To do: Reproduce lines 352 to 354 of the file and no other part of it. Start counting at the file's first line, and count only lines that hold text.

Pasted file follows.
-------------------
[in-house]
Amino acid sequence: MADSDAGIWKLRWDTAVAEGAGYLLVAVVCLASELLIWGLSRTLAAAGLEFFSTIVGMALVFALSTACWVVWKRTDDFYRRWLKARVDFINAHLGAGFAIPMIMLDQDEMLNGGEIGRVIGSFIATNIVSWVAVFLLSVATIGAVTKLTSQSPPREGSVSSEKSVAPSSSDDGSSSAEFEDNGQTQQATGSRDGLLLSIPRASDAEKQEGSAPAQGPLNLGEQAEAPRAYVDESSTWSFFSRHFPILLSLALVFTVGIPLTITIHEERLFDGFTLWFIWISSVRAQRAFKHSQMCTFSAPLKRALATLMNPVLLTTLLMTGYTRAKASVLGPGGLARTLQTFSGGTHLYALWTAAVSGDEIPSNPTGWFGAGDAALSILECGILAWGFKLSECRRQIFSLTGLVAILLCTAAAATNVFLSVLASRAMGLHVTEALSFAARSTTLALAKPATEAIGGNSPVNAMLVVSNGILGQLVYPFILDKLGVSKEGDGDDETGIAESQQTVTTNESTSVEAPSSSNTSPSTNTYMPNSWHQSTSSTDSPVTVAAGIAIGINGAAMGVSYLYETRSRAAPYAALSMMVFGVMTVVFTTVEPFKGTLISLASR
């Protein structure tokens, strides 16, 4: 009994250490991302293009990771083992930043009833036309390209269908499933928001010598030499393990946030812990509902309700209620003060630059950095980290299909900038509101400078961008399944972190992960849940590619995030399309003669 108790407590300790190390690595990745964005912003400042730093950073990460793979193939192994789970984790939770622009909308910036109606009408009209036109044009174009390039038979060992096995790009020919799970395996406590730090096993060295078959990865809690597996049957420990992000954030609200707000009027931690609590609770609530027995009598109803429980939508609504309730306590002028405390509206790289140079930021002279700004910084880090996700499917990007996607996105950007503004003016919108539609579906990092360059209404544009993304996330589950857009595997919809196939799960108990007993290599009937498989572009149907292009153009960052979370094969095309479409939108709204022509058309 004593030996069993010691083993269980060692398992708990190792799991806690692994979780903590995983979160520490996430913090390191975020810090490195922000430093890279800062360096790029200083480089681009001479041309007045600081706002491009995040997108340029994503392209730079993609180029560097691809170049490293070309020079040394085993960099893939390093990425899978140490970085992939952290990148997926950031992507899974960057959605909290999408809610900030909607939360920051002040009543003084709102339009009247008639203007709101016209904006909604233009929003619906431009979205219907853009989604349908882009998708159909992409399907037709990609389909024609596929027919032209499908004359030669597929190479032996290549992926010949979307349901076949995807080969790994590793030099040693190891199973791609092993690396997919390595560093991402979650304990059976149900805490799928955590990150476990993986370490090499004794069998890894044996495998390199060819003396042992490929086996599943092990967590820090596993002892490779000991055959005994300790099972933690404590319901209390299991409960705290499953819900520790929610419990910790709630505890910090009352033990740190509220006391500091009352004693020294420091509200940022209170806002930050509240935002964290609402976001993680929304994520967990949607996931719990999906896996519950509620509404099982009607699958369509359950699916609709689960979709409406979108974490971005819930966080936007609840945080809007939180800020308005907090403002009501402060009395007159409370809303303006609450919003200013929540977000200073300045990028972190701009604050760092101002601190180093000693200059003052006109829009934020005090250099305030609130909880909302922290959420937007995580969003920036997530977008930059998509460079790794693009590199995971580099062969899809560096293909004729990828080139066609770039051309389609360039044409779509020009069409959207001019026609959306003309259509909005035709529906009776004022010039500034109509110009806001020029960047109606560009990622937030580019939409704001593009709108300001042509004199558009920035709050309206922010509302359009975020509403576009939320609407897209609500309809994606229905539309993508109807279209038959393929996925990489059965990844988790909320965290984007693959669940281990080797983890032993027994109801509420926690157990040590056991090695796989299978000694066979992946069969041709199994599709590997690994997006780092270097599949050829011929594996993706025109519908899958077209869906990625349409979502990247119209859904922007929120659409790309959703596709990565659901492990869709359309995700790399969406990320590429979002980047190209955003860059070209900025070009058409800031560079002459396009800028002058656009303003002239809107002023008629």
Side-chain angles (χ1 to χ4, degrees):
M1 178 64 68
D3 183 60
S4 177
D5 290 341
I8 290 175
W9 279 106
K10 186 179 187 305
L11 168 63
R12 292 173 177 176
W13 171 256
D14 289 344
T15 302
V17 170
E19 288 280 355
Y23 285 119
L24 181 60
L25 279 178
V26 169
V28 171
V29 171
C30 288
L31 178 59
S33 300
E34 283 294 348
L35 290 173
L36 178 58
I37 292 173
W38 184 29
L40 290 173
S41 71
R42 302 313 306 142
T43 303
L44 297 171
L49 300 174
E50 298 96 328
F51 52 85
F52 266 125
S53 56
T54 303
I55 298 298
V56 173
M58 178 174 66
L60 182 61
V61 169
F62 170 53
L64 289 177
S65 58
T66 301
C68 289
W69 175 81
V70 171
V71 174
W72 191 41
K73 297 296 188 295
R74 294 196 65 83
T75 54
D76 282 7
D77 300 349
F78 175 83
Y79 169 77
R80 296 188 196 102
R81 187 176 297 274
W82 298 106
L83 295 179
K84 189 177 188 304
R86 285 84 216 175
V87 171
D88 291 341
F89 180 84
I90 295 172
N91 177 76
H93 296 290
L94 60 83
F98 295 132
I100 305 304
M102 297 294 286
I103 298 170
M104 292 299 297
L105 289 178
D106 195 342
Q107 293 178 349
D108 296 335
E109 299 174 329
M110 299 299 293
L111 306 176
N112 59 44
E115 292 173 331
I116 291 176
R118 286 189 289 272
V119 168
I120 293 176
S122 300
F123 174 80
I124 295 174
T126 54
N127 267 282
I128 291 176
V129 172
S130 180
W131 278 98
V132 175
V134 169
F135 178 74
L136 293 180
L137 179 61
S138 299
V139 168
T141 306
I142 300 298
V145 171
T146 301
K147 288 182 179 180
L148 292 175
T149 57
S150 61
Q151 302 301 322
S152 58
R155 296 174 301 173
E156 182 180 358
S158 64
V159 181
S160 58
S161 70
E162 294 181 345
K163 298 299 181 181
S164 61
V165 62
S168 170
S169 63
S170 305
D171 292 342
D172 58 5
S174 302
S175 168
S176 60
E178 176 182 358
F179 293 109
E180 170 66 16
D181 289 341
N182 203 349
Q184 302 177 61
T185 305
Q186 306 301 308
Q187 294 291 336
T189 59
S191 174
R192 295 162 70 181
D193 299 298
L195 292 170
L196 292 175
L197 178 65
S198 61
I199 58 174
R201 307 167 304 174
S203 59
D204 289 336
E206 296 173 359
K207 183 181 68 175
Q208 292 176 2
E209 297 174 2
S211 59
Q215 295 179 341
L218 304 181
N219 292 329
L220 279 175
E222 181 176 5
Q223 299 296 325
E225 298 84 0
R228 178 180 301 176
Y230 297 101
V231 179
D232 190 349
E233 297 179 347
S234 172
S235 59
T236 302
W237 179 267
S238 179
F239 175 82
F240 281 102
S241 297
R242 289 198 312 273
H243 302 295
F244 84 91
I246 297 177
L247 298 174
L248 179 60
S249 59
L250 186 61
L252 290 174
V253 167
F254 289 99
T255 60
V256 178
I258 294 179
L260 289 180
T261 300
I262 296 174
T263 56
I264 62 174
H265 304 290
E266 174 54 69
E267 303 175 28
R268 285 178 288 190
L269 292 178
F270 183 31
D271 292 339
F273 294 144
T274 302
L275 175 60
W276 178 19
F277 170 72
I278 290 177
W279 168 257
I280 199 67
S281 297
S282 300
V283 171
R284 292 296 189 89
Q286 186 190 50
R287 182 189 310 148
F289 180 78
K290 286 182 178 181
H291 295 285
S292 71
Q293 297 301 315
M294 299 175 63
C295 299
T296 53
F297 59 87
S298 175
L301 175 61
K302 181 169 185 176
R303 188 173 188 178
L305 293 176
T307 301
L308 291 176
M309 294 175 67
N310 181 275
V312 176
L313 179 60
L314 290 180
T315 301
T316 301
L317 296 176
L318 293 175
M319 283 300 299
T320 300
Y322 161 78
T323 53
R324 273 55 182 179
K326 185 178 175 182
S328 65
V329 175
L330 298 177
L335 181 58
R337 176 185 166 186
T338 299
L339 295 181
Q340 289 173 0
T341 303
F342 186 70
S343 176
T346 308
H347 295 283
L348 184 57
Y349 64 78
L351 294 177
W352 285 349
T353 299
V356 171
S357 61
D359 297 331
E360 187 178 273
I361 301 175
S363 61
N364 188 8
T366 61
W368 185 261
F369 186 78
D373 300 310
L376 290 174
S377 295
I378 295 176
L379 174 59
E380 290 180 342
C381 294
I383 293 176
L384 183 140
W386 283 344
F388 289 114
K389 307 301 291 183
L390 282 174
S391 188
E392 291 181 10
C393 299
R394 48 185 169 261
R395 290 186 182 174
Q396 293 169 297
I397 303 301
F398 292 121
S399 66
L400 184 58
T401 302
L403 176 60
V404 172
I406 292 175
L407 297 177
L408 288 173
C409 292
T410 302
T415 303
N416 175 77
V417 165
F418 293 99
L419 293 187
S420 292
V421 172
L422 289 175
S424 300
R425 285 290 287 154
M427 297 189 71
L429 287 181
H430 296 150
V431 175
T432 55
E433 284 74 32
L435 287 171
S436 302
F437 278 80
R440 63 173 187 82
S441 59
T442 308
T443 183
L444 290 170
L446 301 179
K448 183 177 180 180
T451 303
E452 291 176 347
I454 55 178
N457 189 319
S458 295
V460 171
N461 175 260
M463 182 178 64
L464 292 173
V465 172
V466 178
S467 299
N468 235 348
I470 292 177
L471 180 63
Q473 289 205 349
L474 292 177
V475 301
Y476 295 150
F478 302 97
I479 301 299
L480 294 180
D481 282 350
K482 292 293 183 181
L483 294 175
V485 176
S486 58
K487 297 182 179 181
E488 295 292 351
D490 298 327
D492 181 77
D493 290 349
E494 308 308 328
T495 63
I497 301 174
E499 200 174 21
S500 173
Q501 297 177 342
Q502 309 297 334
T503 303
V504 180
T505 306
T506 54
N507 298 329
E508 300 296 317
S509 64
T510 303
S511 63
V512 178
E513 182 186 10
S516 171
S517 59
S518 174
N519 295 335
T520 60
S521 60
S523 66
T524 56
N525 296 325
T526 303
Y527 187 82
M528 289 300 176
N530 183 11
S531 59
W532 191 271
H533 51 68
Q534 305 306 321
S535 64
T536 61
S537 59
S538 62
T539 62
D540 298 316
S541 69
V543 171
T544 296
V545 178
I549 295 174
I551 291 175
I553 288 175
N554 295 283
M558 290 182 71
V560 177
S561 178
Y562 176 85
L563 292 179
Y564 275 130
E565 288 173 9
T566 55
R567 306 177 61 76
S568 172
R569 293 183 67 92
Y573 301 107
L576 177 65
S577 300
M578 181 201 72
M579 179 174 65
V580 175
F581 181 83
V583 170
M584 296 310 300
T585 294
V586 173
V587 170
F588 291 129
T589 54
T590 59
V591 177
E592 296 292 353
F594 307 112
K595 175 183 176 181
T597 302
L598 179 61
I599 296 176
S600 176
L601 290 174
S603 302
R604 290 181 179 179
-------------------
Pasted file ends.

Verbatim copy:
V466 178
S467 299
N468 235 348